C1. The fact that God is necessary has an explanation

Doesn't God's necessity itself need an explanation?

James Reilly said...


Most philosophers who endorse the PSR favor a somewhat restricted formulation, according to which it is only contingent facts (or non-autonomous facts, etc.) which require explanation. On this view, the fact that God is necessary would not require any explanation, since it isn't a contingent fact. Of course, some philosophers do continue to endorse an unrestricted PSR, and the theists among them do try to give some kind of explanation for God's necessity. For a good example of this, see C.A. McIntosh's recent paper "Why Does God Exist":

Alexander R Pruss said...


It either is or is not an objective mind-independent fact that 2022 is present. If it is an objective mind-independent fact, God had better know it. If it is not an objective mind-independent fact, then we have a B-theory of time.

Alithea said...

Dr. Pruss, I agree that if A-theory is true, then God is in time. Dr. Craig uses the argument you do here. I'm Catholic like you, so I reject A-theory.

Accepting B-theory has implications for temporal versions of the Kalam Cosmological Argument. If time doesn't really exist, it seems like the Universe didn't begin to exist. Nothing, in fact, began to exist. There are no beginnings or endings.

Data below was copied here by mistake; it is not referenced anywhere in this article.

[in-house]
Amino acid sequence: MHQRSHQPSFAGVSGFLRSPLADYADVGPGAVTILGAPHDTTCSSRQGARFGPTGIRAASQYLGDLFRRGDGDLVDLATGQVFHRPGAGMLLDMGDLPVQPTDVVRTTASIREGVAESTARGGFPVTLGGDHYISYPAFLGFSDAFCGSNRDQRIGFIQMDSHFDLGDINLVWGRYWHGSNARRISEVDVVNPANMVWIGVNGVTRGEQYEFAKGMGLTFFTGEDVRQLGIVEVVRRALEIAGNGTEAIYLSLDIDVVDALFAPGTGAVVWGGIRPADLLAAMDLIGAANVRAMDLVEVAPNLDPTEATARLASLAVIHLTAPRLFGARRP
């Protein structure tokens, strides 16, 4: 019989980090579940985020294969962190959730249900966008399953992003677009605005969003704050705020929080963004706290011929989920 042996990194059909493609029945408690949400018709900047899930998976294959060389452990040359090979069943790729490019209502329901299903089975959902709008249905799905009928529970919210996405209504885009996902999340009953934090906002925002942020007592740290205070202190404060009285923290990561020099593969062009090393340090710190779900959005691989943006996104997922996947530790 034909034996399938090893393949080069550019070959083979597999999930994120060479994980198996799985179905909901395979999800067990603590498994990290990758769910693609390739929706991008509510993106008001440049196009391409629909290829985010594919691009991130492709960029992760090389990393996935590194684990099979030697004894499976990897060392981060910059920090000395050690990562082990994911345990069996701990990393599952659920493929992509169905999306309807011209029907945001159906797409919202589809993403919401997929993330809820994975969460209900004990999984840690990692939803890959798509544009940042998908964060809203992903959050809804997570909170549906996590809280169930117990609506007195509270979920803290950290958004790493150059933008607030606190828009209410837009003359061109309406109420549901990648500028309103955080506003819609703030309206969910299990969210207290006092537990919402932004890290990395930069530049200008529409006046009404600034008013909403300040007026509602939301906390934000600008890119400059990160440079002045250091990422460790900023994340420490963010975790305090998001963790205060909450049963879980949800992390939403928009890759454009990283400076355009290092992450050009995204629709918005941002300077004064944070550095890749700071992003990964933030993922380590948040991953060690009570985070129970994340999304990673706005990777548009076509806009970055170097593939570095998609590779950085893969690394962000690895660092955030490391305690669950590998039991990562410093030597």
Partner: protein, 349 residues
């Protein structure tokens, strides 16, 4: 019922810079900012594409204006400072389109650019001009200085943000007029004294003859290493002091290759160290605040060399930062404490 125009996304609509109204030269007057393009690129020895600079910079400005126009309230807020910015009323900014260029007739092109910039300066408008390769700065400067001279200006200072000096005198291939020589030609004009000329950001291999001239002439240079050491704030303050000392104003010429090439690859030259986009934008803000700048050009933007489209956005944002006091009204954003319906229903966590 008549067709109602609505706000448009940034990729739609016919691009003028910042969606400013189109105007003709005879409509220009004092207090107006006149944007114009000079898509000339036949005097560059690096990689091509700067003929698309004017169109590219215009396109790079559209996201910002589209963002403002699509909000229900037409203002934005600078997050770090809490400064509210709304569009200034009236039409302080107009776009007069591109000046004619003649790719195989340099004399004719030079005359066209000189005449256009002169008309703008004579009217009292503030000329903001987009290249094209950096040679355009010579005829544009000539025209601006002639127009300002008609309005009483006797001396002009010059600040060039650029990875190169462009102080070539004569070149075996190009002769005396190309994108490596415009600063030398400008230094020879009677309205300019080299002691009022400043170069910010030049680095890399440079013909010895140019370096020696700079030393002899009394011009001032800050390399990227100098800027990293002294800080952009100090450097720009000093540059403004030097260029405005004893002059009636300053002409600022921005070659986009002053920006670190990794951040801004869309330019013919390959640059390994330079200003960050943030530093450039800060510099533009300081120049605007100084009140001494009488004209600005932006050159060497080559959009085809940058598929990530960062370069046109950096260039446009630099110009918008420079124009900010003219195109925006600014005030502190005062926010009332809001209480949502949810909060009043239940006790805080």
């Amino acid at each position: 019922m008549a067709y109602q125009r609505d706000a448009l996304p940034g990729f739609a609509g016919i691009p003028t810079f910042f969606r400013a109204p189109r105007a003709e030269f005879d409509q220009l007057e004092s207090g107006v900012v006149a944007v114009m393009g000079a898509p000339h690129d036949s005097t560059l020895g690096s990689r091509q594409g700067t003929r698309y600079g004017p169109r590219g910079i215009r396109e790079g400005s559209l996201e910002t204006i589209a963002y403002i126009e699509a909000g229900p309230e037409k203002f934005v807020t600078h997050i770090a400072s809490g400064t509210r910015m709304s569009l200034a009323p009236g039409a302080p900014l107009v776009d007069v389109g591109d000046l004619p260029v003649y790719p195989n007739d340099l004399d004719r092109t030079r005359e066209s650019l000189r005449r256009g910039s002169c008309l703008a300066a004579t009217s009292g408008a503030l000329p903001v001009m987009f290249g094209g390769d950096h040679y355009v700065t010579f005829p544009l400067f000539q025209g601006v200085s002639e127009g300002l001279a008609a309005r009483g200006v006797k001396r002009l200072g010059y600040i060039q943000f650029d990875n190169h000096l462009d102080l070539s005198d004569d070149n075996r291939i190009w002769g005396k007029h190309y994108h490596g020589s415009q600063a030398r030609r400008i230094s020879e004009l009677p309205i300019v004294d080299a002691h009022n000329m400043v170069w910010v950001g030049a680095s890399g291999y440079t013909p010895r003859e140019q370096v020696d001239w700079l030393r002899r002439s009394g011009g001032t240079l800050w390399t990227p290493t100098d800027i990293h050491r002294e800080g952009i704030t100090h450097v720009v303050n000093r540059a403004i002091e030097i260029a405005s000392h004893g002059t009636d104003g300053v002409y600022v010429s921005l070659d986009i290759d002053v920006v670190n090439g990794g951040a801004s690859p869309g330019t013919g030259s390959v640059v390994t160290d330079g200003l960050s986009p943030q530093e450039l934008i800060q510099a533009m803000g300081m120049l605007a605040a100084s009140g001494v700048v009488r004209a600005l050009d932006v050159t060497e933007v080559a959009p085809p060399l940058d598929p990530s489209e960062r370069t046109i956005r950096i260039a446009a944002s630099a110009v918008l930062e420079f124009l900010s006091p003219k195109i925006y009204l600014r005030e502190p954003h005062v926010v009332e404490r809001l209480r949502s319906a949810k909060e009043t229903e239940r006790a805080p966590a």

Finally, there is an objection to God's timelessness that I've been thinking about. How can God be a personal being if he is outside of time? It seems like a person can't just be in an eternal, frozen, changeless state. It also loses one's ability to relate to God. A reply to this could be that we ourselves are actually timeless in a sense because B-theory is true. If God is not a person because he is timeless, then we are not persons. I would like to know your thoughts on this.

Zsolt Nagy said...

Since when does accepting B-theory of time have the implication of assuming there to be no time at all or time being non-existent?!?
If accepting of B-theory of time has any implications, then the implications are, that there is time or that time exist - the past and future events are as real as the current event and moment in time.

By the way accepting A-theory of time also has the implication of there being time or that time exists. But A-theory also implies, that only the current event or moment is real. Past and future events are not real or at least not as real as the current event or moment in time.

Does William Laine Craig really think, that accepting B-theory of time would imply there to be no time at all?!?